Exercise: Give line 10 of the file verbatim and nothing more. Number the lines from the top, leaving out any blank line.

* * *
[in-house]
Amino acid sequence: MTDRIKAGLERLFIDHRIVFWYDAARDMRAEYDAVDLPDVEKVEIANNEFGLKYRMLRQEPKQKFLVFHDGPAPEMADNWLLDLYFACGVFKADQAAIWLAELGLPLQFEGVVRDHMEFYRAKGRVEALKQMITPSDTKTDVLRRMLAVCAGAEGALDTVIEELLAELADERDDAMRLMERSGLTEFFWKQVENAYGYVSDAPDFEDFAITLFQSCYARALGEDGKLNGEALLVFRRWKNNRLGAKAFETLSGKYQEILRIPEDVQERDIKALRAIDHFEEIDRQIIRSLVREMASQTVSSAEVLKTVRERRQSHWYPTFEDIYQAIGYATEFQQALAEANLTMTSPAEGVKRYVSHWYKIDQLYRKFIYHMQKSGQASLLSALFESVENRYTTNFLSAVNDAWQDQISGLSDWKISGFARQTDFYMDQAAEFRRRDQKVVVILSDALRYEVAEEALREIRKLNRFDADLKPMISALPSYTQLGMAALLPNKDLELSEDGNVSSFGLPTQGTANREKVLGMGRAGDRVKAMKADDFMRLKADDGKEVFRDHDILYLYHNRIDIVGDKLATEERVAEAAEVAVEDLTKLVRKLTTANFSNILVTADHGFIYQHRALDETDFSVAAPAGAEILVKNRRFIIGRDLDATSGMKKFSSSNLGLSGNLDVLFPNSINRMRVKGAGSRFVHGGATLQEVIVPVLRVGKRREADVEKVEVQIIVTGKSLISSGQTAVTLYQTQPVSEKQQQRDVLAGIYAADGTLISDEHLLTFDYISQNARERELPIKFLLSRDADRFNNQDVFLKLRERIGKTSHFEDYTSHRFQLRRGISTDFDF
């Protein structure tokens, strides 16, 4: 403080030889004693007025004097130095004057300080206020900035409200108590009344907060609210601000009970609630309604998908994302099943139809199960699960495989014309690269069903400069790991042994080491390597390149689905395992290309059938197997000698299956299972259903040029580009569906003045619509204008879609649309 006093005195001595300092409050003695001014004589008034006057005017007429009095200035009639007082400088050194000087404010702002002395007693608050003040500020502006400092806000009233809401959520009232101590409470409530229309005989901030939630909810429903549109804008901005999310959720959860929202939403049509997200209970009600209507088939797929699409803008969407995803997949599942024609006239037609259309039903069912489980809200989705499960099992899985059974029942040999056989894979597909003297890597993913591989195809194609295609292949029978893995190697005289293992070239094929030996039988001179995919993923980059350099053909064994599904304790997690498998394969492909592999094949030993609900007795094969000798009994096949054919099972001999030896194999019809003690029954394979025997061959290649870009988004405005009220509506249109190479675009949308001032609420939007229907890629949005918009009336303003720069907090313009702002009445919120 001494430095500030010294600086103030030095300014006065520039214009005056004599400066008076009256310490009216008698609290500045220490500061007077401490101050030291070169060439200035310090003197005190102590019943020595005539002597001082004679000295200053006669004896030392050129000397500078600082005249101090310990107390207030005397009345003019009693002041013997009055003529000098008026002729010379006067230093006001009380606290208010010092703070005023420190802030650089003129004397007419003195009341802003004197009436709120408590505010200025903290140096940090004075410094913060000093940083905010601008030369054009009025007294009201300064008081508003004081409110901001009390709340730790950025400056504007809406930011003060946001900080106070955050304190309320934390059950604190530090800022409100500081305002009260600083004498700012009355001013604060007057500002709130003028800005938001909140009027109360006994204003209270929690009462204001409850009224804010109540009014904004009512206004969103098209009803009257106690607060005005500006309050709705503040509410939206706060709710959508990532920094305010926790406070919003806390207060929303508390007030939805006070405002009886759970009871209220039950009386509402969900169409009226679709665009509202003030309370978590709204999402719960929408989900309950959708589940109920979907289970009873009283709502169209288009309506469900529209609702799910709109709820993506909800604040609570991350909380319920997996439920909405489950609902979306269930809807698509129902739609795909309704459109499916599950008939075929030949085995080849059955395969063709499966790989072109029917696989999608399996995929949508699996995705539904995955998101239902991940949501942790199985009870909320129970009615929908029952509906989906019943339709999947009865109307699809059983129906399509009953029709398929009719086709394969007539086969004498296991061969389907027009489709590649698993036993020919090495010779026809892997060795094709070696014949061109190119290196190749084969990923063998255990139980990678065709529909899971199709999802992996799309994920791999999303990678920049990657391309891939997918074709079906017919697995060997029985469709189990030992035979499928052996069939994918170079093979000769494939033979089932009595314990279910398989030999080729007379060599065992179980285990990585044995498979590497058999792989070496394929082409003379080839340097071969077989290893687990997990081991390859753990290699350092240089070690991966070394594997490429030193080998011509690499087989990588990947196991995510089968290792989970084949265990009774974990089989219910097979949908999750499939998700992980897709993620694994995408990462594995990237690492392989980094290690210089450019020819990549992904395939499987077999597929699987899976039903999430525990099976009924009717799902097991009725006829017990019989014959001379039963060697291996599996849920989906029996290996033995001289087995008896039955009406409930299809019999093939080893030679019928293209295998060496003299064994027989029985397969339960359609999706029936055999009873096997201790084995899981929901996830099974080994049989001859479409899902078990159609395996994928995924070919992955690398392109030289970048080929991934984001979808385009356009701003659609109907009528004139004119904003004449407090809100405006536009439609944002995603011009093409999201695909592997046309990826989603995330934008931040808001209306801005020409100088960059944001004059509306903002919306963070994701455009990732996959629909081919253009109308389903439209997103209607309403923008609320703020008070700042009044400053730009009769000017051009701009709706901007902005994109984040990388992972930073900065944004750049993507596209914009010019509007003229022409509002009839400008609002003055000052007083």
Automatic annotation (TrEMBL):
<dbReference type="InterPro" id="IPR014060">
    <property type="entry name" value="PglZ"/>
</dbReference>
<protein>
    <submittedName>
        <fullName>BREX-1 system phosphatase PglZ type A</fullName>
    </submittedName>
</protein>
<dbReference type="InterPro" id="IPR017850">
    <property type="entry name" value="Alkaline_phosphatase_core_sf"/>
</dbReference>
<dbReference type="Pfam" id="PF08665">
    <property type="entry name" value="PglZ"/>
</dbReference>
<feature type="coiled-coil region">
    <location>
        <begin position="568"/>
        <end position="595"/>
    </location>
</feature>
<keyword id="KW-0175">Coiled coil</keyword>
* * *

        <fullName>BREX-1 system phosphatase PglZ type A</fullName>